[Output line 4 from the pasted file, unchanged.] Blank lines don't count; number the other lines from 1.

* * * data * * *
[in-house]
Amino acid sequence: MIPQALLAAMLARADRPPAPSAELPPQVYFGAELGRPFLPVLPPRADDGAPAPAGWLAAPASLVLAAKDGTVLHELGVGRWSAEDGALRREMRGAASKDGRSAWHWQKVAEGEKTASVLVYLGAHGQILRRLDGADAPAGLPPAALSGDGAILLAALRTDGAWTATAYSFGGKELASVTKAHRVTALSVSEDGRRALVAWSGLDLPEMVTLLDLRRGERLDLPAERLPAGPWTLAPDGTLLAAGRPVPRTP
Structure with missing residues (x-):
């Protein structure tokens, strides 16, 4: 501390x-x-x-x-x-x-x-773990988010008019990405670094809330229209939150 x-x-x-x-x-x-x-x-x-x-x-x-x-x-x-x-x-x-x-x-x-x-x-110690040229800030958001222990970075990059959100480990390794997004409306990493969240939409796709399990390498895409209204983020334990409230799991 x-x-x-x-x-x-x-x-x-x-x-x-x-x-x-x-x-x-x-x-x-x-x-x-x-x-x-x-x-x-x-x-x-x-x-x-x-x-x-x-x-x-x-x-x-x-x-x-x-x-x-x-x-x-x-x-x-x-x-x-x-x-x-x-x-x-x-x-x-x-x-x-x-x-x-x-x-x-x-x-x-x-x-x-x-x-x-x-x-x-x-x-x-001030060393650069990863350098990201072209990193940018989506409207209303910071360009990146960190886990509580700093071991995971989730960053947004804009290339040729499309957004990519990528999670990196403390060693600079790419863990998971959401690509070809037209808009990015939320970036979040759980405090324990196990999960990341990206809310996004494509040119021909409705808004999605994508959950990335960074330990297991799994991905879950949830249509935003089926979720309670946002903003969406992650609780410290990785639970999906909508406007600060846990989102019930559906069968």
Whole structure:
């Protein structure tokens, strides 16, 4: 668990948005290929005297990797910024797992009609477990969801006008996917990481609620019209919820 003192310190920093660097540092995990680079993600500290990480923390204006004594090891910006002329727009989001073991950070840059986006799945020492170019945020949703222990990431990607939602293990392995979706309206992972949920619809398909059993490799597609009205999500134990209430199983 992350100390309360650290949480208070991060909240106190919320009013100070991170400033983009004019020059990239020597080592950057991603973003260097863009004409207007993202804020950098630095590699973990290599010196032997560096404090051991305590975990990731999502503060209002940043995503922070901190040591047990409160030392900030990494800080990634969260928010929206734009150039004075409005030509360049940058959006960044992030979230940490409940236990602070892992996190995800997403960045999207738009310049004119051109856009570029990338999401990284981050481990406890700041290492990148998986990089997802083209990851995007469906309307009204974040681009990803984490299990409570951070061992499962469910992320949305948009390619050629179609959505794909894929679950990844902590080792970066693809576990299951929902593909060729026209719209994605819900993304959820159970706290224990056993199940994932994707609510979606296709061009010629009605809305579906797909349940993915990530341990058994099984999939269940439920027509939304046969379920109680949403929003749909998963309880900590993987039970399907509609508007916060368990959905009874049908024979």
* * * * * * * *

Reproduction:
């Protein structure tokens, strides 16, 4: 501390x-x-x-x-x-x-x-773990988010008019990405670094809330229209939150 x-x-x-x-x-x-x-x-x-x-x-x-x-x-x-x-x-x-x-x-x-x-x-110690040229800030958001222990970075990059959100480990390794997004409306990493969240939409796709399990390498895409209204983020334990409230799991 x-x-x-x-x-x-x-x-x-x-x-x-x-x-x-x-x-x-x-x-x-x-x-x-x-x-x-x-x-x-x-x-x-x-x-x-x-x-x-x-x-x-x-x-x-x-x-x-x-x-x-x-x-x-x-x-x-x-x-x-x-x-x-x-x-x-x-x-x-x-x-x-x-x-x-x-x-x-x-x-x-x-x-x-x-x-x-x-x-x-x-x-x-001030060393650069990863350098990201072209990193940018989506409207209303910071360009990146960190886990509580700093071991995971989730960053947004804009290339040729499309957004990519990528999670990196403390060693600079790419863990998971959401690509070809037209808009990015939320970036979040759980405090324990196990999960990341990206809310996004494509040119021909409705808004999605994508959950990335960074330990297991799994991905879950949830249509935003089926979720309670946002903003969406992650609780410290990785639970999906909508406007600060846990989102019930559906069968």